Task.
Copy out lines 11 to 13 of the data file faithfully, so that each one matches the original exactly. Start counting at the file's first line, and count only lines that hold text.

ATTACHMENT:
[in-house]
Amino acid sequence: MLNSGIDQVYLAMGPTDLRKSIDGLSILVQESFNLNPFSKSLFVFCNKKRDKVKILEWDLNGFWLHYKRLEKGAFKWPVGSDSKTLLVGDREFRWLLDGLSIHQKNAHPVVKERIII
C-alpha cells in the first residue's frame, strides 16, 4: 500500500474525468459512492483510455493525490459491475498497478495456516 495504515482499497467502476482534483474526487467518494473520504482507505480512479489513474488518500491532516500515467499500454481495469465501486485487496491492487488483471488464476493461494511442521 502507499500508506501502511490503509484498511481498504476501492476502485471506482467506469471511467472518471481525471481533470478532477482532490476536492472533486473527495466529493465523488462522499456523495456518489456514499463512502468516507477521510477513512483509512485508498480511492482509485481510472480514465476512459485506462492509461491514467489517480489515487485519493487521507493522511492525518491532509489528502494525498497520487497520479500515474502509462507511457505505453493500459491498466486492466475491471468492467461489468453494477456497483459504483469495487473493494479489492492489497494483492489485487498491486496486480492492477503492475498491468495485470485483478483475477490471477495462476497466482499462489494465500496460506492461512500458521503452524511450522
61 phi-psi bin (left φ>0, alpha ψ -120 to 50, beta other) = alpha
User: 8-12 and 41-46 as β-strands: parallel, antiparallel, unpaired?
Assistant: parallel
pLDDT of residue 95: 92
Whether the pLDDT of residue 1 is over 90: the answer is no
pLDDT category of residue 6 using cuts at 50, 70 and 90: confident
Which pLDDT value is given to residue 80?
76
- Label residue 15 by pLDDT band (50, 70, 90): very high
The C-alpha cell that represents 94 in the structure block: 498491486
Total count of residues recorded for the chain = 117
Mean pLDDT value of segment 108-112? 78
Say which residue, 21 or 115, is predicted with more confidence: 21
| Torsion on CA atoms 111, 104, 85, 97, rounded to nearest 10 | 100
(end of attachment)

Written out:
76
- Label residue 15 by pLDDT band (50, 70, 90): very high
The C-alpha cell that represents 94 in the structure block: 498491486